Students study craft of writing in Leicester
LEICESTER — Forget about teaching writing for standardized tests.
These days at Leicester Central School, it’s all about the craft of creating essays, fiction and poetry.
In classes from pre-kindergarten through fifth grade at Leicester, and in some classes at Brandon’s Neshobe School, students are focusing on reading and writing in a different way: seeking out inspiration, getting into the flow of writing and, afterward, revising their efforts in workshops.
And it’s not just students: Teachers are also working in small groups to discuss and revise their own writing.
All of this is part of a hands-on course on teaching writing led by Lisa Italiano, director of the University of Vermont’s Green Mountain Writing Project.
For Leicester co-principal Kate Grodin, the push to revitalize the writing instruction at her school began three years ago eventually led to Italiano.
“Writing was very assessment-driven,” said Grodin. “I was looking for some way to improve writing and the teaching of writing, and to get teachers excited.’
Grodin reached out to Italiano, and the two discussed the work of Lucy Calkins, director of the Teachers College Reading and Writing Project. Calkins’s teaching methods have proven popular in New York City, and focus on teaching reading, writing and inquiry as integrated topics.
“There are so many connections in reading and writing, but kids have seen them as separate items. Teachers have, too,” said Grodin.
Over the past two years, Grodin and Italiano have led a number of workshops encouraging teachers to re-envision teaching methods, but this year they decided to take on an entire Calkins curriculum, from her book “Units of Study for Teaching Writing.”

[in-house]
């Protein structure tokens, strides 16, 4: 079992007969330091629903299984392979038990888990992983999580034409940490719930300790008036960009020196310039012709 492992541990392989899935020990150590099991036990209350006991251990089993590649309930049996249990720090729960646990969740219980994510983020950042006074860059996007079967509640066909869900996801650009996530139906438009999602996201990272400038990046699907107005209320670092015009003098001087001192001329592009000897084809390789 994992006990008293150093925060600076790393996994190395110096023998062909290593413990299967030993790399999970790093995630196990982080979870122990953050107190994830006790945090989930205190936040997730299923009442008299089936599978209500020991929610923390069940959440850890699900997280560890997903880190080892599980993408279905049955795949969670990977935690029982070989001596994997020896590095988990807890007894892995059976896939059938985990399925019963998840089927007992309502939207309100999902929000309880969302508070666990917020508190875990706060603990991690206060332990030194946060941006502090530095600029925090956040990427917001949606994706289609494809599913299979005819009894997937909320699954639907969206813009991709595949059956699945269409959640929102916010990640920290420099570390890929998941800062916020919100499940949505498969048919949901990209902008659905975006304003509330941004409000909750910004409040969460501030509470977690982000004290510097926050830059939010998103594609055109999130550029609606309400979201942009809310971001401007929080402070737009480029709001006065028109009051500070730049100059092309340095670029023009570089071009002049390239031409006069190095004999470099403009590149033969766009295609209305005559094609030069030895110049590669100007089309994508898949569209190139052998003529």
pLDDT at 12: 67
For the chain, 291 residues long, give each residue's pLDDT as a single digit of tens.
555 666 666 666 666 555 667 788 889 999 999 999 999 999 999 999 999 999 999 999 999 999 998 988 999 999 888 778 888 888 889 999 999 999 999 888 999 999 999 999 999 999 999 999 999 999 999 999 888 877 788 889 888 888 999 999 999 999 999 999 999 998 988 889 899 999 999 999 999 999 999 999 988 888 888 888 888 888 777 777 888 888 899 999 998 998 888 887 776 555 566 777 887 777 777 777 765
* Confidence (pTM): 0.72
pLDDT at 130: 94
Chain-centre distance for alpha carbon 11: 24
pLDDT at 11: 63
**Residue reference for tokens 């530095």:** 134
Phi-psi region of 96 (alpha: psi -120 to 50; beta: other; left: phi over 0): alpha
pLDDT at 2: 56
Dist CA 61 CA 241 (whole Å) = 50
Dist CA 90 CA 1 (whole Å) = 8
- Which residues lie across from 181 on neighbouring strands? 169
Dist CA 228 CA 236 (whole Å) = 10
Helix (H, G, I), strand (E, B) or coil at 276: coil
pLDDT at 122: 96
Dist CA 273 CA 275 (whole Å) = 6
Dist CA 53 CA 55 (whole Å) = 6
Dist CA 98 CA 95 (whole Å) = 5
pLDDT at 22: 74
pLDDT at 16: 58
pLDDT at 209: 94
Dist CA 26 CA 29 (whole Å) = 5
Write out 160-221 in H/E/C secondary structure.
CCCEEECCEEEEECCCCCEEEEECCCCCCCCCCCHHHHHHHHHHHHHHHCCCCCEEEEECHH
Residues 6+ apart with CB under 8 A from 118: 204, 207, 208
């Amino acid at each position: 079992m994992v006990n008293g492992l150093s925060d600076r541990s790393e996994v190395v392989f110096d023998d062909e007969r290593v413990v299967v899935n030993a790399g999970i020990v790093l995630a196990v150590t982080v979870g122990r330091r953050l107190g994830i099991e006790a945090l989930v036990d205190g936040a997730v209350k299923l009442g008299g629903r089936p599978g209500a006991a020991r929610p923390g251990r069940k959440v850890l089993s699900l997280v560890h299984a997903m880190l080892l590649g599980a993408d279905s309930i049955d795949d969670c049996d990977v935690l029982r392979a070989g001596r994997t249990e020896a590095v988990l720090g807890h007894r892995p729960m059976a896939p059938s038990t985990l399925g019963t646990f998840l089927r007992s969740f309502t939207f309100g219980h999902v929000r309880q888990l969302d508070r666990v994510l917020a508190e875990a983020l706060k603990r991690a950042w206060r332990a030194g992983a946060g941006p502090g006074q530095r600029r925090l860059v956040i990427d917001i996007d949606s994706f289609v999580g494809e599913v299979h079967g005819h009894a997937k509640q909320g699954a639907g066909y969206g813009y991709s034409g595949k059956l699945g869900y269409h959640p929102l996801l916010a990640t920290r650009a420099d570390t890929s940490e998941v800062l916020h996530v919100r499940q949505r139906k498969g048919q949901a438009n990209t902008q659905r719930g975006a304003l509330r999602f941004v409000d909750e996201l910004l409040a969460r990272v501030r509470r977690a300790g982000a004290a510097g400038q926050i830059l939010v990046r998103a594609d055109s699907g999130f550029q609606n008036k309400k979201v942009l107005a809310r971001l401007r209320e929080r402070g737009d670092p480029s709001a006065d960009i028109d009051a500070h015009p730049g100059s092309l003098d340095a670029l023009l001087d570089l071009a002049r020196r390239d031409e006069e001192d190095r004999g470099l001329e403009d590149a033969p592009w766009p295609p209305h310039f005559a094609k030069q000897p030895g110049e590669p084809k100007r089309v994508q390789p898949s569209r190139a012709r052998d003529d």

Teachers assemble once a month for the classes, which begin in a classroom observing a writing class and end with the teachers in groups discussing strategies for teaching writing and revising their own pieces.
“It’s the idea that teachers should be writing so that they know what their students are going through,” said Grodin.
The writing that students are creating and reading runs the gamut from poetry to journaling, fiction to nonfiction, and the course encourages students to explore different genres.
“We go through the genres, but ultimately (the course) shows that writing is transferable,” said Grodin.
And the students aren’t just writing for assignments — according to the teachers gathered in a Leicester classroom last Thursday afternoon, they’re beginning to write because they want to express their own stories.
“My students come in after the weekend and they say, ‘I want to write about something that happened,’” said Kelly Coolidge, a third grade teacher at Neshobe School who adds that her students are beginning to see story topics everywhere.
“It’s all about getting the bug,” said Laura Coro, who teaches third and fourth grade at Leicester.
And the program highlights areas that students don’t generally encounter in assignment-based writing classes, like close reading and revision of work they’ve already completed. Students read their work to the class or to themselves, then do revision exercises like picking out the central moments in each piece.
“Kids are really flawless at finding the heart of the story,” said Italiano.
Though the course only began in November, Grodin said she’s already seen an improvement in the quality of the writing that students in all grades are doing. Overall, she said, as students focus more on the craft of writing, test scores tend to go up. But that’s not the end goal of the new writing program.
“Ultimately we want the kids to love writing, and to view themselves as writers,” Grodin said. “We want to teach them that people want to hear what they have to say.”
Reporter Andrea Suozzo is at firstname.lastname@example.org.